AT A GLANCE

  • In 2014, an organization’s talent was repeatedly pointed to as the driving force behind business growth, innovation, transformation, and overall company performance
  • HR technologists and professionals estimate that HR technology will be an $8.1 billion dollar industry in 2015
  • The Bureau of Labor Statistics estimates that there will be at least 5.7 million new jobs in healthcare by 2020

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December 01, 2014

DCR TrendLine in 2014

In 2014, DCR TrendLine has covered a large assortment of topics. In this article, we look back at the trends we focused on most heavily this year.
This year, with global economic growth creating a new level of competition for talent, HR organizations transferred their focus from cost reduction to retention and engagement.

In 2014, an organization’s talent was repeatedly pointed to as the driving force behind business growth, innovation, transformation, and overall company performance. Economic uncertainty and globalization continue to influence the evolution of business practices, and industry practitioners are finding that they have to seek out robust solutions to address the complexities of managing a non-traditional workforce.

HR Technology

HR technologists and professionals estimate that HR technology will be an $8.1 billion dollar industry in 2015. Technology companies are continually releasing innovative products that provide HR organizations with cloud-computing capabilities, mobile access, social infrastructure, and the ability to better engage with talent for hiring and retention.

The Growing Use of Non-Traditional Talent

A report by the National Employment Law Project (NELP) and the National Staffing Workers Alliance (NSWA) states that about 2.5 percent of all American jobs are in the employment services industry, which includes staffing agencies, professional employer organizations, and employment placement agencies. According to Ardent Partners, nearly 45 percent of the world’s total workforce will be comprised of contingent workers by 2017. A recent study by MBO partners predicts that the number of independent workers in the U.S. will grow to just under 40 million in 2019.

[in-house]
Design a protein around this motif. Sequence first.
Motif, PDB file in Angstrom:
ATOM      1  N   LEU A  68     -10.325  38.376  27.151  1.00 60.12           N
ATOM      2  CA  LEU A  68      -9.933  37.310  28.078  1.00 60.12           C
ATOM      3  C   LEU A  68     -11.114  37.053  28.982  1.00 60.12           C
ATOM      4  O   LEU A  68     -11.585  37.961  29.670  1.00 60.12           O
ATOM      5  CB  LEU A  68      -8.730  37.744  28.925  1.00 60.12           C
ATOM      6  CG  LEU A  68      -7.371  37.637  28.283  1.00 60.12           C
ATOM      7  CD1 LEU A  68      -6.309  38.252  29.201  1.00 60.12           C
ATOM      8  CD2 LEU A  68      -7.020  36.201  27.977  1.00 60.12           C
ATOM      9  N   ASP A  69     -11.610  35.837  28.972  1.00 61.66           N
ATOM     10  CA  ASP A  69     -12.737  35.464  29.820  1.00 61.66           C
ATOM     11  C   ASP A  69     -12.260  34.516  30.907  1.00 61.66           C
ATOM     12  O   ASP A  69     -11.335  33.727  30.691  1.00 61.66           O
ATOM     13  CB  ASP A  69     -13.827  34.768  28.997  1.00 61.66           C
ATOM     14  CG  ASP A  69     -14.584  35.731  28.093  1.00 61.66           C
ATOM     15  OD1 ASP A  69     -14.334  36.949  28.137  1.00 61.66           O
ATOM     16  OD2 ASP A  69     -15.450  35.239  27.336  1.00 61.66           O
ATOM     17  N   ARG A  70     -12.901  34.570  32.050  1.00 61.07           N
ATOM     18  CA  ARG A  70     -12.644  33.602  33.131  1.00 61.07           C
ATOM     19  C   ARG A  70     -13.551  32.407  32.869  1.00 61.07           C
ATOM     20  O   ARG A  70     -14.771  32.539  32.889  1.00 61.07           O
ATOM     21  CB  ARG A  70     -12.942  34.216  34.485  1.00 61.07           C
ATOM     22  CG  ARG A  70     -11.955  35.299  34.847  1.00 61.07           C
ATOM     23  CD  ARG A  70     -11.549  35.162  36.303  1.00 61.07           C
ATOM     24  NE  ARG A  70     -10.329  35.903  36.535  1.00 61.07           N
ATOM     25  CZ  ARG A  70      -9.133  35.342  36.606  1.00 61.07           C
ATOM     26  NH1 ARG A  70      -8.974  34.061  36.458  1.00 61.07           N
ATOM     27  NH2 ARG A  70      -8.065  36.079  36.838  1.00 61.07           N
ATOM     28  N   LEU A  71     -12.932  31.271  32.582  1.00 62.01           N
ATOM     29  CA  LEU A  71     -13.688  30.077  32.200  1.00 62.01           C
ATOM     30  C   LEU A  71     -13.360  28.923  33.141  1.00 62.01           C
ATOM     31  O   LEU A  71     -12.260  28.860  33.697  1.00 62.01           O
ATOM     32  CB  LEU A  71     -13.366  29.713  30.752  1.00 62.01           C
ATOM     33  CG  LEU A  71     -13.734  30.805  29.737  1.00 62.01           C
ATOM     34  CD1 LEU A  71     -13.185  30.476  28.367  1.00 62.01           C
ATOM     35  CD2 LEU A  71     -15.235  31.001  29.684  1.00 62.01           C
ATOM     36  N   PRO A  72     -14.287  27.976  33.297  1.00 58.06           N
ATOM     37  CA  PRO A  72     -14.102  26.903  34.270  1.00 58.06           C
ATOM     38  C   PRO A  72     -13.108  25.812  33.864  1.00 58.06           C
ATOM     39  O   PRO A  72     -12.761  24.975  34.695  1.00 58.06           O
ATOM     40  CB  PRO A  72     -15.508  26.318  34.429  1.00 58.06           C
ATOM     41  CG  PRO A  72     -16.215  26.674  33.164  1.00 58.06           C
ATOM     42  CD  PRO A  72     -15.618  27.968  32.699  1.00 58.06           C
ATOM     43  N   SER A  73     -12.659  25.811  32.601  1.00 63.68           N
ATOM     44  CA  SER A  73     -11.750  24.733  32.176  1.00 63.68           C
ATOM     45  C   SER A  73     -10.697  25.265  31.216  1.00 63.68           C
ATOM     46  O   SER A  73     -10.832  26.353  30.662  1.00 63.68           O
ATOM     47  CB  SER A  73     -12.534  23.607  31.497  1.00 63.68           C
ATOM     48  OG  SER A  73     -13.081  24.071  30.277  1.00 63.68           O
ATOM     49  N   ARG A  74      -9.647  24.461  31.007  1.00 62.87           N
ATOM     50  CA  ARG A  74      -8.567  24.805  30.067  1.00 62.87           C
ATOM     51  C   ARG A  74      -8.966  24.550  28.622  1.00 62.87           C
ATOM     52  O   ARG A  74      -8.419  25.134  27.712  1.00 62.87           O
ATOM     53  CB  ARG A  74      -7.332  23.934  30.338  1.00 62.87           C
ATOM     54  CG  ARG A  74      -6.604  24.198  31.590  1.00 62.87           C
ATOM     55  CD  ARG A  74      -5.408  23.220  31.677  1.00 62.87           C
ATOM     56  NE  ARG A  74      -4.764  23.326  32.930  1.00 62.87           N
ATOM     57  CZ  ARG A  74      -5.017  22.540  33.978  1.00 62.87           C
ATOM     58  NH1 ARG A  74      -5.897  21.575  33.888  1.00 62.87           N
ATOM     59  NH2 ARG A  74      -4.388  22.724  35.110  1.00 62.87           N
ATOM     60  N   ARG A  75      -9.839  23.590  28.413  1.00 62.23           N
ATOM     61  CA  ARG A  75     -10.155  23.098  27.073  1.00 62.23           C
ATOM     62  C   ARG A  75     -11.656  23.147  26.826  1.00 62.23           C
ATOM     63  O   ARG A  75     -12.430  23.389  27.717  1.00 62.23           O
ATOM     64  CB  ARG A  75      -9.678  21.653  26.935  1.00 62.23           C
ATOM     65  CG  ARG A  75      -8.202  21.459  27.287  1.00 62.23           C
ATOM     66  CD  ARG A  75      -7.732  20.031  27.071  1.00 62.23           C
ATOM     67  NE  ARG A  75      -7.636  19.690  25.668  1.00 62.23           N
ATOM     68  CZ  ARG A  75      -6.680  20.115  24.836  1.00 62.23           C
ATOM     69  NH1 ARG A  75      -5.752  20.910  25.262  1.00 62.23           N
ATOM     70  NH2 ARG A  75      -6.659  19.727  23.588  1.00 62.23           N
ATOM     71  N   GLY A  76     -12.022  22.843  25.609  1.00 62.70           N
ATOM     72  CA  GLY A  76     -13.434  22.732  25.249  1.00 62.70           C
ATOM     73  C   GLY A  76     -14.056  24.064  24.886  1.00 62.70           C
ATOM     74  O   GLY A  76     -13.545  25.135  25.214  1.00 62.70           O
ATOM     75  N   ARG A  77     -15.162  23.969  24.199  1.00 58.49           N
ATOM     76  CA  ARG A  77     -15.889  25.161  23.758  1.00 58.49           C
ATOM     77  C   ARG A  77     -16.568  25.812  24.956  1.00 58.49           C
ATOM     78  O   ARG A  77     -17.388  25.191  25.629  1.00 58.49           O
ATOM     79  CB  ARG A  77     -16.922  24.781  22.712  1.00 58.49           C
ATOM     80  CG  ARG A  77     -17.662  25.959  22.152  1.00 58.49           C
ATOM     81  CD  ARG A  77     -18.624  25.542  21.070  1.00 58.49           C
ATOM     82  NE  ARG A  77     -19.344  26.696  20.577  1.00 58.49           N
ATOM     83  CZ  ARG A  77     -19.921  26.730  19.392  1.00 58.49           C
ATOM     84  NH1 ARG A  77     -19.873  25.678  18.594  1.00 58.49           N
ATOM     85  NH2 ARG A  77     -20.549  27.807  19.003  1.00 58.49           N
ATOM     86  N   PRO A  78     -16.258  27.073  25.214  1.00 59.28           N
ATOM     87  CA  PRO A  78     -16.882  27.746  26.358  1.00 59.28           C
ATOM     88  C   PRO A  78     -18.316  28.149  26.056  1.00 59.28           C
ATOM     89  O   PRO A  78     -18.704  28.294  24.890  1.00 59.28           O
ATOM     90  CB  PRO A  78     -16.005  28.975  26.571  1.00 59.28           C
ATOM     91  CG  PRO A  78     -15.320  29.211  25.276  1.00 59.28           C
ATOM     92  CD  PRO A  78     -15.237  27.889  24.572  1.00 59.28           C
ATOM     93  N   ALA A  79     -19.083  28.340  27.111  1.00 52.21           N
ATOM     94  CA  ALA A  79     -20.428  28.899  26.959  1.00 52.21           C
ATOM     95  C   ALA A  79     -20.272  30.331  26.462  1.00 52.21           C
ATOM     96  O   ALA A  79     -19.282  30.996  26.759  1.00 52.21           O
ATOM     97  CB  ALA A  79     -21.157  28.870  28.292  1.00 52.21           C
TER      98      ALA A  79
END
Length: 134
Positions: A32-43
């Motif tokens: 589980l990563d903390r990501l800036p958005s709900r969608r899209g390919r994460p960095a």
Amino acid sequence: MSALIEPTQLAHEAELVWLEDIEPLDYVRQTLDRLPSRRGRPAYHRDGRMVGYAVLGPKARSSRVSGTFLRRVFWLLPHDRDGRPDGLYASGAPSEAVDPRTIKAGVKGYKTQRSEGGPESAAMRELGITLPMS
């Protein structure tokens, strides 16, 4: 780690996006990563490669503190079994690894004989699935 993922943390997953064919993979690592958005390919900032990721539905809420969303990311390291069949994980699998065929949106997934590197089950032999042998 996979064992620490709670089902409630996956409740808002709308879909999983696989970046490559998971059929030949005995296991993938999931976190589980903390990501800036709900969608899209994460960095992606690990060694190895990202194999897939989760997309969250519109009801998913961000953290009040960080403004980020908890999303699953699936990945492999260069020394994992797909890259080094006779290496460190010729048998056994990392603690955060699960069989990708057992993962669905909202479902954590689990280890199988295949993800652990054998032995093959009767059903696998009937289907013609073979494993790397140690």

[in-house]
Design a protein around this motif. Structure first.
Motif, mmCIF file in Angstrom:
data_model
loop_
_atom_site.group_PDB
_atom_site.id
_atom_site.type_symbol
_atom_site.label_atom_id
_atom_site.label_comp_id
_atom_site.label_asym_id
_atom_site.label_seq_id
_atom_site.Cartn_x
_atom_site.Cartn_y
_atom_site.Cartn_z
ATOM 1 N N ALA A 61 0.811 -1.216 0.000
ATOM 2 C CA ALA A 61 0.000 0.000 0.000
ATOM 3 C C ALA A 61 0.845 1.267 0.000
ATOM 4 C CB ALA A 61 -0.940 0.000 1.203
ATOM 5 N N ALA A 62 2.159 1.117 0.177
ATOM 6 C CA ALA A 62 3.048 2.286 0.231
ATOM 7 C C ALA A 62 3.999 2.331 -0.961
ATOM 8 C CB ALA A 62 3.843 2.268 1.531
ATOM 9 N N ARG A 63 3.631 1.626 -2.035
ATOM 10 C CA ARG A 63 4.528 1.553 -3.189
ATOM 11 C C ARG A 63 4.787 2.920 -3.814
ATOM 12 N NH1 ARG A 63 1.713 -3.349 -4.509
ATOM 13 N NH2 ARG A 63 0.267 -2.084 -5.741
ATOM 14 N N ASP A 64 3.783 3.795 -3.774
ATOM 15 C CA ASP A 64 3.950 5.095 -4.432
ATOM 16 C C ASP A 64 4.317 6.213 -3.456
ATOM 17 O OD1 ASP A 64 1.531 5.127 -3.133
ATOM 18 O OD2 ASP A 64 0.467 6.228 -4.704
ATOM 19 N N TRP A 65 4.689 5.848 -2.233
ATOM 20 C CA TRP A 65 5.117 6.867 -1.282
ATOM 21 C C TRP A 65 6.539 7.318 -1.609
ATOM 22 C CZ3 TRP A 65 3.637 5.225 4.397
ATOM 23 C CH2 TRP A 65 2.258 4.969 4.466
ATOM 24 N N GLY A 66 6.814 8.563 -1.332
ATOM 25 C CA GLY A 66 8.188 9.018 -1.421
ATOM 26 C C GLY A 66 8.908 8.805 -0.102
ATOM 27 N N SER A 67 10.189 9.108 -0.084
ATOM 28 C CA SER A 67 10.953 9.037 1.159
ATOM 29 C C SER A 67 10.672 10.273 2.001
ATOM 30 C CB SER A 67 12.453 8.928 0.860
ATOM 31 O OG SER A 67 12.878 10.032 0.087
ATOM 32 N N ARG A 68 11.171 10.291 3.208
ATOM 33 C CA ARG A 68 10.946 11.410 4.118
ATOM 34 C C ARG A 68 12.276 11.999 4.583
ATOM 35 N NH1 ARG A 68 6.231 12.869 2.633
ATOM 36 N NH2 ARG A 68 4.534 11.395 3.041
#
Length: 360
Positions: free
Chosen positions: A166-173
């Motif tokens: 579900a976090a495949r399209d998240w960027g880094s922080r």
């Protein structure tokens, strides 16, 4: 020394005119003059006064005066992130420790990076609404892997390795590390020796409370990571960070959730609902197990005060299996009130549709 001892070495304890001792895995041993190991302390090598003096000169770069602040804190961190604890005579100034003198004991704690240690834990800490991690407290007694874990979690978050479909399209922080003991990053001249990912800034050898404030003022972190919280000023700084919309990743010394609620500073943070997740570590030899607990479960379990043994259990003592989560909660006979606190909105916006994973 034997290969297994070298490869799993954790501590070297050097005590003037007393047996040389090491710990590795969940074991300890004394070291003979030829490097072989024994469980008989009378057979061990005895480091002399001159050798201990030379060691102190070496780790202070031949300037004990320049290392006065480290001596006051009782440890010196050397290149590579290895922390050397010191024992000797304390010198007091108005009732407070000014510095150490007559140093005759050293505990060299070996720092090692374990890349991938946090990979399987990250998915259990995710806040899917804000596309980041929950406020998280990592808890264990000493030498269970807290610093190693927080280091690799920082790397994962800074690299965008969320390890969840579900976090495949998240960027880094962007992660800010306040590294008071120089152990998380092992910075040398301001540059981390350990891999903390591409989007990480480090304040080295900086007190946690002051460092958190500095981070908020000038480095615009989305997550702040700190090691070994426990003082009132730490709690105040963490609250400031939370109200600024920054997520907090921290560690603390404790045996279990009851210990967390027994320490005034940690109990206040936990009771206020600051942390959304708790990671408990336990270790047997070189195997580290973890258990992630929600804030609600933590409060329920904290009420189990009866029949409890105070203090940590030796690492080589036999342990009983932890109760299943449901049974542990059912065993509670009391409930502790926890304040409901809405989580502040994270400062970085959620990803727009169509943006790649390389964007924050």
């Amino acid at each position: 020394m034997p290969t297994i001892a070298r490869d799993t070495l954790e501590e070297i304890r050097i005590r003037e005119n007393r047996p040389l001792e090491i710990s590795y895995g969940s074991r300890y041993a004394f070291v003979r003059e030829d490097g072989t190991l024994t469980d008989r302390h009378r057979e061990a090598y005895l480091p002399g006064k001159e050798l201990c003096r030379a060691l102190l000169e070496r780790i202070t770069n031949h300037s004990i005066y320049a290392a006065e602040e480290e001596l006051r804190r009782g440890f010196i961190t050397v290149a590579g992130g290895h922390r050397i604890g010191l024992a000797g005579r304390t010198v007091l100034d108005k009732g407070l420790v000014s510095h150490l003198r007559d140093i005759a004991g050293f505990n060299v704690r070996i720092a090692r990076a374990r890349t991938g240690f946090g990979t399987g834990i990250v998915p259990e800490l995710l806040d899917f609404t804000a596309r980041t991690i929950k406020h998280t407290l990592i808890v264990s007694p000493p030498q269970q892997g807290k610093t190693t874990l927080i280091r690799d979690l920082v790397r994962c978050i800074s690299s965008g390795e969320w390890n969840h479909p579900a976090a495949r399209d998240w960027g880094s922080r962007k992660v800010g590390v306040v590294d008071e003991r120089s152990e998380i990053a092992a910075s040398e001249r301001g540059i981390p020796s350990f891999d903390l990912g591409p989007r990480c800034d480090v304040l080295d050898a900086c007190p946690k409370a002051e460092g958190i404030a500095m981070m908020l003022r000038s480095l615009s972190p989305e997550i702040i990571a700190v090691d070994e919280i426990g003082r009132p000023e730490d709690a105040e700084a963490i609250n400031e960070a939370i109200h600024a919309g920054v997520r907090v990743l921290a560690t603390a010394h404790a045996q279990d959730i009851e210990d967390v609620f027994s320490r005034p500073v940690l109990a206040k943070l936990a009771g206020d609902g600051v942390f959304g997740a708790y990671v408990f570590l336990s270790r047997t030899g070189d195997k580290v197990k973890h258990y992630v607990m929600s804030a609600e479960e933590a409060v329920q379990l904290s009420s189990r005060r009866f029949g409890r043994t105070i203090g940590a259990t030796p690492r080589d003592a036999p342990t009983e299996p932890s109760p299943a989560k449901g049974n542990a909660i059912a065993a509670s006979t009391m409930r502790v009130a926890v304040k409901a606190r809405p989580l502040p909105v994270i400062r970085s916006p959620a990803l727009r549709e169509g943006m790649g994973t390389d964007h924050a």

Talent Analytics

HR organizations in 2014 have been exploring big data and data analysis as a tool to enable decision-making and workforce planning. In the growing field of talent analytics, recruiters are using predictive analysis to screen job candidates’ potential to become good employees.

Online Talent Platforms

Over the past few months, online talent platforms and freelance management systems have risen in usage as a means of finding and sourcing contractors and freelancers with specialized skills and experience. Ardent Partners expects that reliance on online talent platforms and freelance networks will grow by 96 percent over the next two years.

The Healthcare Industry

Extended longevity and an aging population, coupled with the large volume of Americans with insurance coverage under the Affordable Care Act (ACA), have caused an increase in the demand for all areas of health professionals. The Bureau of Labor Statistics (BLS) estimates that there will be at least 5.7 million new jobs in healthcare by 2020.

Generation Z Workers

Generation Z refers to the current largest generation group in the U.S. While many Gen-Zers are still in school, there are currently more than 11 million Generation Z workers in the North American workforce, making up 7 percent of total workers. By 2015, they will reach 20 million, 25 million by 2017, and 30 million by 2019. As roughly 30 million Baby Boomers retire, Generation Z will represent the greatest generation shift the workplace has seen.

Social Sourcing

As the usage of social media increasingly becomes the preferred method of connection and collaboration for most talent, recruiters are embracing social sourcing as a channel for recruiting top candidates. The Aberdeen Group’s 2013 Talent Acquisition Survey found that top-performing recruiters found social sourcing to be more effective than traditional means of recruiting for pinpointing viable candidates and building relationships with passive candidates.

Minimum Wage

All year long, the federal and state governments have been discussing the merits and risks of increasing the minimum wage. Several states have opted to institute higher minimum wage requirements than the federal governments, while other states are still voting on wage hikes. In the federal government, however, minimum wage is a gridlocked issue.

Talent Brand

A survey by LinkedIn this year found that a strong employer reputation is a huge motivator for candidates to apply for a position. Over 56 percent of respondents believe that a company’s talent brand is the most important consideration for a new job.

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